Shinob Kibe (pronounced shin-o-bee kai-bee) is a small mesa overlooking Washington City (a neighboring city of St. George) in southwest Utah. While the ascent is a moderate but steep hike, it is included here for historical reasons. This mountain was one of the sacred peaks of the southern Paiute tribe, a spot they would use as a fortress when other tribes would come raiding. There is an ancient medicine wheel near the summit. In addition, thiis peak is one of three high points in Washington County that has a cement aviation navigation arrow that formerly guided pilots on mail routes from Los Angeles to Salt Lake City.
From the Desert Rat outdoor retail store at the corner of St. George blvd and Bluff St., drive east on St. George blvd for 1.7 miles to Interstate 15 . Drive north on I-15 for 1.6 miles to the Washington City exit 10. Turn right on Greensprings Dr. Make an immediate left onto Telegraph/State St., and drive for a little over a mile to S. 300 East. Turn right and follow this road for 1.2 miles (crossing the Virgin river en route.) Shortly after the bridge, turn left onto Indian Springs Dr. Make another immediate left onto Red River Dr. Follow this road (it will become E. Apache Dr.) for .3 miles. Turn left onto Pocahontas drive and continue for .2 miles. Turn left onto Unitah Dr and follow it around a right-hand corner where it becomes Paiute Dr. Follow it to the end of Paiute Dr, pass through a gate onto a dirt road. Drive for 200 feet. The trailhead will be on the right. Park here.
The route is quite simple: follow the trail as it winds its way up the mountainside. It is a well-defined trail and easy to follow. It gains about 600 feet of elevation in approximately .8 miles. After hiking a little over a quarter mile, you will reach a broad ridge marked by a few boulders. Head up the ridge (making sure not to divert, as everything to the west is private property.) Soon you will reach a crumbly section that will require some unpleasant scrambling, but it is short lived. After a few hundred feet, the trail reaches the base of the cliffs that have been towering above you for the entirety of the hike. Traverse east along ledges for a few hundred yards until the trail switchbacks up to the summit plateau. Hike across the flat sagebrush plain. After about .10 miles, the trail crosses a rocky rise. Look to your left and you may see the medicine wheel hiding a few hundred feet in the distance. It is fairly difficult to see, but makes for a nice diversion. Please respect this ancient artifact and do not disturb it. Return to the trail and walk another .10 miles to the summit, where the aviation arrow is. There is a nice summit register in an ammo canister with some detailed information about Shinob Kibe on the back. Make sure you walk out on the "diving board," a rock that juts out into space from the summit. Be very careful though, as this rock narrows to only about a foot wide and there is a several-hundred foot drop beneath your feet.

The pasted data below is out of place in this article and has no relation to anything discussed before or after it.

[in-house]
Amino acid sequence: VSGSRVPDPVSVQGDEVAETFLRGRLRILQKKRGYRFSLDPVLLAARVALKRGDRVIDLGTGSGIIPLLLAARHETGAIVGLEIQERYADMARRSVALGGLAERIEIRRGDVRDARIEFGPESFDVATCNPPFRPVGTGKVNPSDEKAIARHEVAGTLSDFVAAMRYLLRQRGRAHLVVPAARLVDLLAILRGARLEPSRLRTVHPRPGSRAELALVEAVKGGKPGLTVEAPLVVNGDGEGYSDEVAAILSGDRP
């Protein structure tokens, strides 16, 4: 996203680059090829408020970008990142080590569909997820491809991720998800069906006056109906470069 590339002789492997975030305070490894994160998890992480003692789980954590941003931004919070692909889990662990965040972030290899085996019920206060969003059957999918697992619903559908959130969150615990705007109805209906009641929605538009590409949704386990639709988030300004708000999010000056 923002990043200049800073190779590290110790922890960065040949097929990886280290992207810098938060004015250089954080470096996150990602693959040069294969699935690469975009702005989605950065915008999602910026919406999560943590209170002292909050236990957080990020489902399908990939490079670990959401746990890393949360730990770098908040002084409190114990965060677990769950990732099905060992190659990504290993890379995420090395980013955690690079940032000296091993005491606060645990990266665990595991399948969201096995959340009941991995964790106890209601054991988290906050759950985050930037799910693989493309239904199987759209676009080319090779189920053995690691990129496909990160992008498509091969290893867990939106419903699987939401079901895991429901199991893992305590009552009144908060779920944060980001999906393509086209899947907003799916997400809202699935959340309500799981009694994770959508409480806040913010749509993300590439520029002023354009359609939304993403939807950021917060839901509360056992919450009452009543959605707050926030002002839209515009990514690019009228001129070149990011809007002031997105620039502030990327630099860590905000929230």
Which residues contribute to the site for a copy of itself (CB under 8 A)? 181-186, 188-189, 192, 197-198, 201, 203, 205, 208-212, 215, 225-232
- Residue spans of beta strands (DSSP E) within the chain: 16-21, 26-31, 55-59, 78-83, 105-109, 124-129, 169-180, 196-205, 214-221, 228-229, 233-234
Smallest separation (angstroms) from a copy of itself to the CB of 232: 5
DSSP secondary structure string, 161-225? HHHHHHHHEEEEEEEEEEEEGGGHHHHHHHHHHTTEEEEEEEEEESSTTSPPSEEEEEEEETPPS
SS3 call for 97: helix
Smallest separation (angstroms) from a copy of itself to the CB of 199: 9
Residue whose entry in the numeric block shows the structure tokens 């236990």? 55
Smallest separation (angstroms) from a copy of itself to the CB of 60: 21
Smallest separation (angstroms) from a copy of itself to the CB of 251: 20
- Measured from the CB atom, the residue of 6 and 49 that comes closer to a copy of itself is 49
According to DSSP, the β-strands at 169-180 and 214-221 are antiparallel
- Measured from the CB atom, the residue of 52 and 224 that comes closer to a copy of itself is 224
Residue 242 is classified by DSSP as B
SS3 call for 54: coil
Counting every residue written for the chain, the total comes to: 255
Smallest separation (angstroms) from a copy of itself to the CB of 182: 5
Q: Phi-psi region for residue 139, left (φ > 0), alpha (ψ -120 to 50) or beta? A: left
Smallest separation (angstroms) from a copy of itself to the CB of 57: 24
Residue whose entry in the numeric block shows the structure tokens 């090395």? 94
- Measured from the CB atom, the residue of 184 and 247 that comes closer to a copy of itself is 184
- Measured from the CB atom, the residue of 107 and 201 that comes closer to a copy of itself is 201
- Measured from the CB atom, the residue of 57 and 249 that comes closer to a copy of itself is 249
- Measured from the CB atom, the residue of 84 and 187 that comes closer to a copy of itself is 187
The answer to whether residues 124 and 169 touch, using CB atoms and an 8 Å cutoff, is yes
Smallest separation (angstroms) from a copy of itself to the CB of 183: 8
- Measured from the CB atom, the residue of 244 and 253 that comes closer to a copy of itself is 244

None, but please respect the privacy of the people who live at the base of the mountain.
When to Climb
Definitely an all-season climb, although in summer it would be advisable to hike it either in the early morning or late evening to avoid the excruciatingly hot temperatures.
The closest camping would most likely be the Red Cliffs Recreation Area. There is lots of dispersed camping in Washington County on Forest Service and BLM land, but nothing particularly close by.